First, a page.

Pet Feature: Chickens

in #animal6 years ago


Let me first start by saying I don't know if I would really classify my chickens as "pets." I do get a lot of enjoyment out of them but I don't quite have the relationship with them that I have with say my dog, or the ferret we once had.  Plus only two of my chickens actually have names.  


This is Henrietta (clever I know). She is a Buff Orpington. I originally had two Henriettas but unfortunately I came out one morning to feed them breakfast (and collect yummy eggs) and found one of them had passed in the night. Unfortunately with many birds it can sometimes be hard to tell anything is wrong with them health-wise until it is too late. 


The second hen with a name is known as Dragon Breath. (Don't tell the others but she is my favorite) Her name came from the patch of orange feathers that runs down her throat. I don't know what breed of chicken she is because she actually came from my mother-in-law's (jwaser) friend's farm as a hatching egg for a broody chicken.  Dragon Breath is the most vocal chicken I have. She will sit on a perch for half the morning singing what is called an "egg song." This is something chickens do before or after (or before and after) they lay an egg. 


The rest of my chickens pretty much just go by "Chicken" or "Chicky." I'm not very good at animal names... my ferret was named Ferret and I have a snake named Snake... my husband is much better at animal names (I will be putting together our herptile pet feature soon so you can see the cooler names he comes up with). 

So, you may be wondering "how much work does it take to actually care for these chickens?" Well, I tend to take a more hands off approach with my hens so I do less work than some other backyard chicken keepers. I usually spend 5-10 minutes in the morning bringing them food, refreshing their water, checking for eggs, and assessing their well-being and 5-10 minutes in the evening doing the same thing. 


One task that can take a little bit of time is cleaning out their nest boxes. This isn't needed every day but about every couple of weeks they have messed up the bedding in the boxes enough that I strip it out and replace it. I like to put a layer of shavings to soak up any moisture and a thick layer of straw on top of that. The straw gives the chickens something fun to play with because they can actually build themselves a little nest, rather than just laying in a box with shavings in it.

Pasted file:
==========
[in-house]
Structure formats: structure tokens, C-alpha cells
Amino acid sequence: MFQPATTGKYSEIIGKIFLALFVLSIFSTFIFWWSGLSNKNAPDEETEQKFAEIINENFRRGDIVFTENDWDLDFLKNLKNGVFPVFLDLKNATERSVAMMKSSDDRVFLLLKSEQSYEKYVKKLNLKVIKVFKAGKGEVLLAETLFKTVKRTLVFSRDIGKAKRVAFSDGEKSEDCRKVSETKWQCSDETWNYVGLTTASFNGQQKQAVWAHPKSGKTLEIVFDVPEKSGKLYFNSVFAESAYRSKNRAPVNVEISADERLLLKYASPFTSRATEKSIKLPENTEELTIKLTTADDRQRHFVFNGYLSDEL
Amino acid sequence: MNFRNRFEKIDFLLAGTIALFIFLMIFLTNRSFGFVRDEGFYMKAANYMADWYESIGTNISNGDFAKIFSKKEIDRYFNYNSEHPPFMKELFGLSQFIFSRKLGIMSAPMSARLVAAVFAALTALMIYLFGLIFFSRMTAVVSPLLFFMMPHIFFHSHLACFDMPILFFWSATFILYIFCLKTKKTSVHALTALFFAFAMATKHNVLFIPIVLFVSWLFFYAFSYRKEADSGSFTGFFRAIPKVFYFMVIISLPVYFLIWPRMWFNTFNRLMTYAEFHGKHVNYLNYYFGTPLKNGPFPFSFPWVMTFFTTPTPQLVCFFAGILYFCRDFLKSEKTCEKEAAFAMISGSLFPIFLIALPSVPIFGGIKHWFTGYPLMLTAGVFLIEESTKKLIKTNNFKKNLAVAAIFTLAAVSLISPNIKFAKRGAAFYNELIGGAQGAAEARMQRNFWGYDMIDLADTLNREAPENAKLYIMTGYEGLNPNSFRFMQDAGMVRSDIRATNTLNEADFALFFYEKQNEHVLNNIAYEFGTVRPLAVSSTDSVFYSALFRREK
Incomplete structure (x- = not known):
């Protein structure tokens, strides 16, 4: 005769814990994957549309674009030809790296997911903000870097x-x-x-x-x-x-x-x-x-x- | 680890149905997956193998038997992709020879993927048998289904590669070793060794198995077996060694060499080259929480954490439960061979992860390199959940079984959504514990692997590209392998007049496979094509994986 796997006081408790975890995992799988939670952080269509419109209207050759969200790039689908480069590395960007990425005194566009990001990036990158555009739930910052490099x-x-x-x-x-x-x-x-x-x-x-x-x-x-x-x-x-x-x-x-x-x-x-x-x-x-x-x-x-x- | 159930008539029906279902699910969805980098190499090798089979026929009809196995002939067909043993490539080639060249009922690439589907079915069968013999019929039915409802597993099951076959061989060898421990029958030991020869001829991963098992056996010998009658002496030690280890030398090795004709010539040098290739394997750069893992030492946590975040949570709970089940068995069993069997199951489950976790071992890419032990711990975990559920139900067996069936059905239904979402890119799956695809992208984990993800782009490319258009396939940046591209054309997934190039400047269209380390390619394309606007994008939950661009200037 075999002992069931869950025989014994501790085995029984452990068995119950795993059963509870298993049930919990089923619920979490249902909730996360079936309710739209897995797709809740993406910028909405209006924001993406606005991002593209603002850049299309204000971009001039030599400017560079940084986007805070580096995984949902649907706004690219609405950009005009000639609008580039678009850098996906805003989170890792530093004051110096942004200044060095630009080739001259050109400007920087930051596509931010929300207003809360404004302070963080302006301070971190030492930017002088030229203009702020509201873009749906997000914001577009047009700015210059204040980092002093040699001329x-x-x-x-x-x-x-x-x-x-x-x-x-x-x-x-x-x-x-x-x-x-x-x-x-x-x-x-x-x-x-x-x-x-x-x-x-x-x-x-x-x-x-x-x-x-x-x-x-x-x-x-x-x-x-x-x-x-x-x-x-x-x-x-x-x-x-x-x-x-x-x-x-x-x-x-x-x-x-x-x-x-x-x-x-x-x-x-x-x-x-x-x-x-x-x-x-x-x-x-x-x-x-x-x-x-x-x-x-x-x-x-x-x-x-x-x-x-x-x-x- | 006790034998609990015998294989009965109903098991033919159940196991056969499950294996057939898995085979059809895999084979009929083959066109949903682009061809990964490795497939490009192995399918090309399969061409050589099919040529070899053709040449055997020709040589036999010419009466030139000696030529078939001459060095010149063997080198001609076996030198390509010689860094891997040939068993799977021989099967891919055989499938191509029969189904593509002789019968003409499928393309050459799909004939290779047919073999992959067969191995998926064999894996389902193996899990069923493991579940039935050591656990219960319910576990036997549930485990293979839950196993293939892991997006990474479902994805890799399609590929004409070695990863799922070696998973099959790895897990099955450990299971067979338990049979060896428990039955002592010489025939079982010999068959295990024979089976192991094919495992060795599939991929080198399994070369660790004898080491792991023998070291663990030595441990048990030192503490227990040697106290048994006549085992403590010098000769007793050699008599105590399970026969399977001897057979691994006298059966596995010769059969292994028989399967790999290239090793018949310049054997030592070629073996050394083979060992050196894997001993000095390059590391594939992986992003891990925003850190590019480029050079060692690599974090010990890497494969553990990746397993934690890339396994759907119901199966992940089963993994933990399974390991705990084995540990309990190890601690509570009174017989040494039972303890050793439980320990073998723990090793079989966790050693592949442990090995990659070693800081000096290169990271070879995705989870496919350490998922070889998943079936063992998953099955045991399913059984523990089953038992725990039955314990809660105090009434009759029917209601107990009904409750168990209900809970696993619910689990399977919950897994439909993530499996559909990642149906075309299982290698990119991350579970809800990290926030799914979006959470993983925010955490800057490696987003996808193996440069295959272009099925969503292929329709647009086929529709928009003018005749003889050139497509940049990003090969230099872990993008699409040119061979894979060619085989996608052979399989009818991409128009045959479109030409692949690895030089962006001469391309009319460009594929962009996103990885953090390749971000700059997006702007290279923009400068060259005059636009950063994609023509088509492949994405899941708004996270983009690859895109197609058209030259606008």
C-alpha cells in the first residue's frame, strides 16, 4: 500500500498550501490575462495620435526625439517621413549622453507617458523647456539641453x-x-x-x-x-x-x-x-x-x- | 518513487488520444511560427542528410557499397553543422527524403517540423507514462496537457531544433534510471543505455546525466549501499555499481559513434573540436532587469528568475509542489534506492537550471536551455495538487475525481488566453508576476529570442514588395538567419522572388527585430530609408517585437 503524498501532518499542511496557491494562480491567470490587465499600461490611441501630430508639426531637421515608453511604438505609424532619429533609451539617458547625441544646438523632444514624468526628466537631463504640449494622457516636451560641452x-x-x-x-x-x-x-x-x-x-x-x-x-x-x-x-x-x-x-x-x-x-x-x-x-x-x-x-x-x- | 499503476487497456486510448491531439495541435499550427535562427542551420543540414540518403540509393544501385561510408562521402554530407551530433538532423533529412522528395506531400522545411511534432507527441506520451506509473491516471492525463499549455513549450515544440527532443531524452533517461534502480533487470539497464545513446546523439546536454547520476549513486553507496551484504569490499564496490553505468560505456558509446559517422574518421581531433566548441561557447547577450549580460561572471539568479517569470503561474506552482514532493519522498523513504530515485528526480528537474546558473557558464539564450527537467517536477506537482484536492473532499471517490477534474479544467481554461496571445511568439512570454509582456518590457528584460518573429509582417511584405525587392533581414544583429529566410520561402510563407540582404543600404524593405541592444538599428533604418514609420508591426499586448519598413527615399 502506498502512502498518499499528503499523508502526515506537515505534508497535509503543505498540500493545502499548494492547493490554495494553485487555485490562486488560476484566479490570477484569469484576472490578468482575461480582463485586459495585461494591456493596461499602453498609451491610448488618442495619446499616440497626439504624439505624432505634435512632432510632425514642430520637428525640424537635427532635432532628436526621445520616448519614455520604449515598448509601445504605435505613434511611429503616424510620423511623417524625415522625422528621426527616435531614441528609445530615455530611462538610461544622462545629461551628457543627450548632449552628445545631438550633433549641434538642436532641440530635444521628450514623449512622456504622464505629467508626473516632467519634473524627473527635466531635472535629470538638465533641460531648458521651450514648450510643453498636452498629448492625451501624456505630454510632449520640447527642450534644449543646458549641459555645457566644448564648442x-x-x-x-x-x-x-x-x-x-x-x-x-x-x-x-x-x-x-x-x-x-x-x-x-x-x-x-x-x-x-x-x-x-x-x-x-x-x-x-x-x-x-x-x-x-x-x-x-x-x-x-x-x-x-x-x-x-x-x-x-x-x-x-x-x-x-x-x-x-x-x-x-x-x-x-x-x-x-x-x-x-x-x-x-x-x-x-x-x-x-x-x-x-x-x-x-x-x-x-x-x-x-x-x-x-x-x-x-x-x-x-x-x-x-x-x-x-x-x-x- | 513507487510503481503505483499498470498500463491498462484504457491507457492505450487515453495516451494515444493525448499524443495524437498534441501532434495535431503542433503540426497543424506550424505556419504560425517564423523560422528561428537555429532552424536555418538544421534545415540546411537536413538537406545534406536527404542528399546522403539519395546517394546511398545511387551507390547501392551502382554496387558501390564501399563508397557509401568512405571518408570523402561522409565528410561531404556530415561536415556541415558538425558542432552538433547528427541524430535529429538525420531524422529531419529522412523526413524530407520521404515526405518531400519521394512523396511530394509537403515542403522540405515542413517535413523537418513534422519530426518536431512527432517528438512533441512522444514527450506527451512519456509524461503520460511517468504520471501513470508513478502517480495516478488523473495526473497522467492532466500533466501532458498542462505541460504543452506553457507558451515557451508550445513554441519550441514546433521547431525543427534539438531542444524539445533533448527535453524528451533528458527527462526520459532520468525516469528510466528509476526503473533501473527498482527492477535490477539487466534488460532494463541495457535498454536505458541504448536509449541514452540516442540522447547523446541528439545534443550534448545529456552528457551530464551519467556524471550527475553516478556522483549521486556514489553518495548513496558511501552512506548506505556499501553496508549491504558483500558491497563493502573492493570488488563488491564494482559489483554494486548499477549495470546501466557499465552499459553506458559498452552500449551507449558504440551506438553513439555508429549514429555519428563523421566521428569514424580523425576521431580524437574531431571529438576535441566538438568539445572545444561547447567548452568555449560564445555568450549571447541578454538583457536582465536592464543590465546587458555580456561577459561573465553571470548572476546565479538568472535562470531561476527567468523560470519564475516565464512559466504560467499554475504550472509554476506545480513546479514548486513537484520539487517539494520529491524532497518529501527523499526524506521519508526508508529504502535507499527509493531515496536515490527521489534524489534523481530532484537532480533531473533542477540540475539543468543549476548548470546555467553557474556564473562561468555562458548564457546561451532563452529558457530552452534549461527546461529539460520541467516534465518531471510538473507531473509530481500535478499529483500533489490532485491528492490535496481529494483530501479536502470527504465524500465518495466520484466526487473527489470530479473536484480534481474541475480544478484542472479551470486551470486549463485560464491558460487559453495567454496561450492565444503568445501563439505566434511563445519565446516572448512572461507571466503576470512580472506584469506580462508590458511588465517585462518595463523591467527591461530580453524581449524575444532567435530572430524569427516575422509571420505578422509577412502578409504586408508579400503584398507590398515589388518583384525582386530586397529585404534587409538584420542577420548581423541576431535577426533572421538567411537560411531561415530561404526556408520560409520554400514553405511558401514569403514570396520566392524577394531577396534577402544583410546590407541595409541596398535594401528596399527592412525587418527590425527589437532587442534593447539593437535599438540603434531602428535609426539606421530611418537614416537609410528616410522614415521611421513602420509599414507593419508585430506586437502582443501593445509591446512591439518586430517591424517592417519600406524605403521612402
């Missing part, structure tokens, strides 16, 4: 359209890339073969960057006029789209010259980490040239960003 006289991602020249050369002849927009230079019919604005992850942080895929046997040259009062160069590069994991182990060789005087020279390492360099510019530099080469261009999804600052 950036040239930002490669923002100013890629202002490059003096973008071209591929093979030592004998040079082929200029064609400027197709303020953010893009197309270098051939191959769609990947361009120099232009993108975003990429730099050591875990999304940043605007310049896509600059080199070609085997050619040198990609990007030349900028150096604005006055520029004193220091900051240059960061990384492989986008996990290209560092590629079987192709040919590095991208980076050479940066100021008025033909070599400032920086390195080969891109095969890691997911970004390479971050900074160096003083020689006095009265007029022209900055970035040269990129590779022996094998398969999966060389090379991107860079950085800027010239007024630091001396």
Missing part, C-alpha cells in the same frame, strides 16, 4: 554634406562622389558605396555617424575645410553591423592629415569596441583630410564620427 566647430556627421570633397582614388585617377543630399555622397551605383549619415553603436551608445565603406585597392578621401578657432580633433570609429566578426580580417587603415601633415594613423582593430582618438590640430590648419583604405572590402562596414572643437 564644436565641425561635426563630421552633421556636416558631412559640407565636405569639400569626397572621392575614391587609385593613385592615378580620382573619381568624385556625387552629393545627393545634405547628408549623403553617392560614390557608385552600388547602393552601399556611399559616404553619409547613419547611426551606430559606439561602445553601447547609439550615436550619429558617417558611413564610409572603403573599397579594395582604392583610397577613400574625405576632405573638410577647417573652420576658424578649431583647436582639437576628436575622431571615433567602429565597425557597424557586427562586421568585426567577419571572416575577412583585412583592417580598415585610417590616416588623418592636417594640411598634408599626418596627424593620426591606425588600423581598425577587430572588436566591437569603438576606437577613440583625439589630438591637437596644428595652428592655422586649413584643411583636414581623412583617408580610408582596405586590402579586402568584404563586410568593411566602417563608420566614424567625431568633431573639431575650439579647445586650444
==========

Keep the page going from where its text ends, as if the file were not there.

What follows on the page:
Photo Credit

The last task is the one that will take the longest. This is cleaning out their floor and adding any new floor bedding they may need. Right now they are just on the dirt and wood of their run and coop with the occasional day out in the yard (don't tell herpetologyguy). We throw in lawn clippings in the spring/summer and leaves in the fall to give them something extra to scratch around in.  The dirt we have in our backyard has worked out really great for the hens because it is very fine. This keeps it pretty dry (except for during the occasional tropical storm) and actually cuts out another step in their care routine. 

 Photo Credit

Chickens don't need baths like people, with soap and water and the works. They actually take dust baths. Now, it might seem crazy to get "clean" using dirt but this helps cut down on any creepy crawlies that may be trying to make the bird its home/meal. 

 Photo Credit

The start-up (getting the coop and chickens) is the hardest part but I think having chickens in your backyard is definitely worth the time and energy! There is nothing like getting up and grabbing the eggs for your breakfast omelet right from your own backyard.


Very awesome upvoted and their little house is cute.

I remeber when my grandmother use to have a bunch of chicken and I would watch each and one of the baby Chicken hatch from their eggs. Bring back memories 😏

I love watching chicks hatch! I haven't hatched any in awhile but I am hoping to next year some time!

I wish i can see some hatch, but i sure did enjoyed watching them while it lasted